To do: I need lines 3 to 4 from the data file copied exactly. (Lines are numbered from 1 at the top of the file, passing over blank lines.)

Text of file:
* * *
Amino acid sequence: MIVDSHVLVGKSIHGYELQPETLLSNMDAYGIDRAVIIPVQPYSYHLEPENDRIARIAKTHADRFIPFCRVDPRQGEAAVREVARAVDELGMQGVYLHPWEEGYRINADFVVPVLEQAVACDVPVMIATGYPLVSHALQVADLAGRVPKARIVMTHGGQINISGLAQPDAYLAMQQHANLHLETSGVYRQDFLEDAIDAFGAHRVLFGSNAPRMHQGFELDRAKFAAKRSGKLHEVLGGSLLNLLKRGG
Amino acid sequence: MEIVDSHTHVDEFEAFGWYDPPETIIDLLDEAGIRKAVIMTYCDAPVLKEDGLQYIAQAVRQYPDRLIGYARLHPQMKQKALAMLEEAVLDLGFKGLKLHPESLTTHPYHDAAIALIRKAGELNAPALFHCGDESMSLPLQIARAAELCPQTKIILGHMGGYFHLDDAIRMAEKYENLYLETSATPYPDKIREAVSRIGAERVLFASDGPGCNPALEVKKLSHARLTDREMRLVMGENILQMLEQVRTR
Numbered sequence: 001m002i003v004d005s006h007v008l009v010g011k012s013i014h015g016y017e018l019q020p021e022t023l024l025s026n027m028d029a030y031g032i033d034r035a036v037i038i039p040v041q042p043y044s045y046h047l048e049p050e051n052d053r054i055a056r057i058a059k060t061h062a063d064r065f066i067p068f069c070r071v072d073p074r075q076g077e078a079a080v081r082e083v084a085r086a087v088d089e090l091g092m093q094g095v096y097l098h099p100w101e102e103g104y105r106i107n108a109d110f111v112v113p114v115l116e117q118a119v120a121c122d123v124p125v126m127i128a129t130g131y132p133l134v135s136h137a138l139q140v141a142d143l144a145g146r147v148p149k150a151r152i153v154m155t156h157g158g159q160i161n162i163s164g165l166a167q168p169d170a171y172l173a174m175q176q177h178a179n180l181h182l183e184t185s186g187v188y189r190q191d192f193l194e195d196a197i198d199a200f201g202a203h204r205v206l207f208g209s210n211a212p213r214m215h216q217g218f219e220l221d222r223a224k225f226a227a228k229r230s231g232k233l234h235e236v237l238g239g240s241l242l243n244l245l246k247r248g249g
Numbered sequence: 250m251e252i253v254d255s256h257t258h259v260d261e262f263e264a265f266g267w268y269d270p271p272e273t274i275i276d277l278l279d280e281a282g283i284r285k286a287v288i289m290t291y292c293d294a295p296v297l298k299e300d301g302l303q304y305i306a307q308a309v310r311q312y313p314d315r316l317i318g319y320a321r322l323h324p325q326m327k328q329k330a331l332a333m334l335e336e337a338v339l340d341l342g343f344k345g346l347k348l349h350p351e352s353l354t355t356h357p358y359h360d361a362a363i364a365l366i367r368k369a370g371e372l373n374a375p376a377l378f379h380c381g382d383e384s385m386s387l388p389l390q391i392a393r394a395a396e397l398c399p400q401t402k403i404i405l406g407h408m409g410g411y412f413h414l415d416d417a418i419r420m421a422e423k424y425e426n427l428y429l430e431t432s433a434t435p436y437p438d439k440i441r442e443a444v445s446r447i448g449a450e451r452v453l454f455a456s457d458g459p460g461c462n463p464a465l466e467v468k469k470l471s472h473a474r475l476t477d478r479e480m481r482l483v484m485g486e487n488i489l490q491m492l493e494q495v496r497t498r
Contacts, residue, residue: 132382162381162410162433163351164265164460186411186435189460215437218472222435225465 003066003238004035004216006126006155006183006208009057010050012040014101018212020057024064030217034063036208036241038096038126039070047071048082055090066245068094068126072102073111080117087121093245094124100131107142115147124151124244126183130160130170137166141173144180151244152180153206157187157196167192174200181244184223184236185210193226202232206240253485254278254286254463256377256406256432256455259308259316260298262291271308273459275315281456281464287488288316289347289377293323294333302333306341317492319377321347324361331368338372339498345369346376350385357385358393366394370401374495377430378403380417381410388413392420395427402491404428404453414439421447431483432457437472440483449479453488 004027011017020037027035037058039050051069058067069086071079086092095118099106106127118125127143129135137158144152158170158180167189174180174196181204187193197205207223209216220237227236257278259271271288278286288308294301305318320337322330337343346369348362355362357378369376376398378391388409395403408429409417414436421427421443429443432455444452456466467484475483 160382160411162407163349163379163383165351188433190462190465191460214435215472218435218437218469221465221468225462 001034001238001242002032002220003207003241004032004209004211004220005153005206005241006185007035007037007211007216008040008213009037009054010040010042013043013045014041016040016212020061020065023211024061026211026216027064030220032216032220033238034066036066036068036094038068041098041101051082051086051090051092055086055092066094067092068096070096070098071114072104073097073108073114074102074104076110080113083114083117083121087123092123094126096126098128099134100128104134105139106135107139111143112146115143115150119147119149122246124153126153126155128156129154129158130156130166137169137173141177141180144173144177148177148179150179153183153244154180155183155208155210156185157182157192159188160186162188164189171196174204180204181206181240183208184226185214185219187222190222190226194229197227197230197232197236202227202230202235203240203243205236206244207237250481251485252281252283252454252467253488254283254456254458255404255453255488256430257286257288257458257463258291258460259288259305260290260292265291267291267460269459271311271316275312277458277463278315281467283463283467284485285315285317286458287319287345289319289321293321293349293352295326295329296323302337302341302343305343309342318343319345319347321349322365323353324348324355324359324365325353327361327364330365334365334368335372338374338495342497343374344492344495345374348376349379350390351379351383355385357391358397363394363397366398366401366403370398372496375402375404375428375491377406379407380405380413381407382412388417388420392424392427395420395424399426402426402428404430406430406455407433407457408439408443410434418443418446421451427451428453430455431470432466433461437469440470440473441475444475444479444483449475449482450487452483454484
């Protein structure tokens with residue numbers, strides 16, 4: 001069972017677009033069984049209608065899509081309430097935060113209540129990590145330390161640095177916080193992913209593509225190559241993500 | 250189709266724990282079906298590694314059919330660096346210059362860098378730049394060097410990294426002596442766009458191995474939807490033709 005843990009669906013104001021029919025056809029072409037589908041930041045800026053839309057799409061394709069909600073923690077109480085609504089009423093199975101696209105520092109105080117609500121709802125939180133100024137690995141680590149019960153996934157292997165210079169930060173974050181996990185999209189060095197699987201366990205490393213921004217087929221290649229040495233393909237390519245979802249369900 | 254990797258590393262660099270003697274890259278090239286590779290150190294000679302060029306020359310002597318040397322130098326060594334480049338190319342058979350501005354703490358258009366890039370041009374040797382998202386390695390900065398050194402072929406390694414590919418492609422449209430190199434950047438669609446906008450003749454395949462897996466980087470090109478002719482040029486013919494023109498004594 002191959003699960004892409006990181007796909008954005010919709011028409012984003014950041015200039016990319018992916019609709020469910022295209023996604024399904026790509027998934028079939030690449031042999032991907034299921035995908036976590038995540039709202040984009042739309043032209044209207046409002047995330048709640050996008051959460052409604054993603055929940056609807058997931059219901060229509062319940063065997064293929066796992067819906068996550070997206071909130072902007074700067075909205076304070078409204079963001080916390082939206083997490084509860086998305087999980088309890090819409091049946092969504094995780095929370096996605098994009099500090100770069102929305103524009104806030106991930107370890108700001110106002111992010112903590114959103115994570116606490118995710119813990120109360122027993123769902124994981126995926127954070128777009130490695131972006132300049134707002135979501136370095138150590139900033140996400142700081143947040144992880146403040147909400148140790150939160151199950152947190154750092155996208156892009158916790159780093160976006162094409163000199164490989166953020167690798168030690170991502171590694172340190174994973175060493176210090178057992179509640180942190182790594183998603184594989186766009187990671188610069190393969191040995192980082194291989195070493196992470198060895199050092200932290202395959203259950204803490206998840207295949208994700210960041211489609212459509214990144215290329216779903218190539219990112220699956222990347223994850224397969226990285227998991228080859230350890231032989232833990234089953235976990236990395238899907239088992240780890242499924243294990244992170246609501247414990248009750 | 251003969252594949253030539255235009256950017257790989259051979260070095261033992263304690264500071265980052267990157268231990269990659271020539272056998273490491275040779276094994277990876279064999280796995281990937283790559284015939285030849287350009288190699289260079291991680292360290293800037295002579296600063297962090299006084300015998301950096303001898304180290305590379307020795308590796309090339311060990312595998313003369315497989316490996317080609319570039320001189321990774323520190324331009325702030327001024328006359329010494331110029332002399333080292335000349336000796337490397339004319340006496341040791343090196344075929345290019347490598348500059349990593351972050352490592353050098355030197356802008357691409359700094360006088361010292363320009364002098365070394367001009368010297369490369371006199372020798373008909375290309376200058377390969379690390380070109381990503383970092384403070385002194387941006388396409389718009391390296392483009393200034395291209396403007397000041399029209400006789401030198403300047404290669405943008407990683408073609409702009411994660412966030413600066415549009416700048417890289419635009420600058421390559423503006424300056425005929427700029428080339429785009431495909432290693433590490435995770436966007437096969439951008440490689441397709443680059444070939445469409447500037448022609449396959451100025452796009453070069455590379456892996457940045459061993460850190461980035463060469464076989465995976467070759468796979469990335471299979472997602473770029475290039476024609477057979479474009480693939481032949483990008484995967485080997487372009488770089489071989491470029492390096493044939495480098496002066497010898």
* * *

Numbered sequence: 001m002i003v004d005s006h007v008l009v010g011k012s013i014h015g016y017e018l019q020p021e022t023l024l025s026n027m028d029a030y031g032i033d034r035a036v037i038i039p040v041q042p043y044s045y046h047l048e049p050e051n052d053r054i055a056r057i058a059k060t061h062a063d064r065f066i067p068f069c070r071v072d073p074r075q076g077e078a079a080v081r082e083v084a085r086a087v088d089e090l091g092m093q094g095v096y097l098h099p100w101e102e103g104y105r106i107n108a109d110f111v112v113p114v115l116e117q118a119v120a121c122d123v124p125v126m127i128a129t130g131y132p133l134v135s136h137a138l139q140v141a142d143l144a145g146r147v148p149k150a151r152i153v154m155t156h157g158g159q160i161n162i163s164g165l166a167q168p169d170a171y172l173a174m175q176q177h178a179n180l181h182l183e184t185s186g187v188y189r190q191d192f193l194e195d196a197i198d199a200f201g202a203h204r205v206l207f208g209s210n211a212p213r214m215h216q217g218f219e220l221d222r223a224k225f226a227a228k229r230s231g232k233l234h235e236v237l238g239g240s241l242l243n244l245l246k247r248g249g
Numbered sequence: 250m251e252i253v254d255s256h257t258h259v260d261e262f263e264a265f266g267w268y269d270p271p272e273t274i275i276d277l278l279d280e281a282g283i284r285k286a287v288i289m290t291y292c293d294a295p296v297l298k299e300d301g302l303q304y305i306a307q308a309v310r311q312y313p314d315r316l317i318g319y320a321r322l323h324p325q326m327k328q329k330a331l332a333m334l335e336e337a338v339l340d341l342g343f344k345g346l347k348l349h350p351e352s353l354t355t356h357p358y359h360d361a362a363i364a365l366i367r368k369a370g371e372l373n374a375p376a377l378f379h380c381g382d383e384s385m386s387l388p389l390q391i392a393r394a395a396e397l398c399p400q401t402k403i404i405l406g407h408m409g410g411y412f413h414l415d416d417a418i419r420m421a422e423k424y425e426n427l428y429l430e431t432s433a434t435p436y437p438d439k440i441r442e443a444v445s446r447i448g449a450e451r452v453l454f455a456s457d458g459p460g461c462n463p464a465l466e467v468k469k470l471s472h473a474r475l476t477d478r479e480m481r482l483v484m485g486e487n488i489l490q491m492l493e494q495v496r497t498r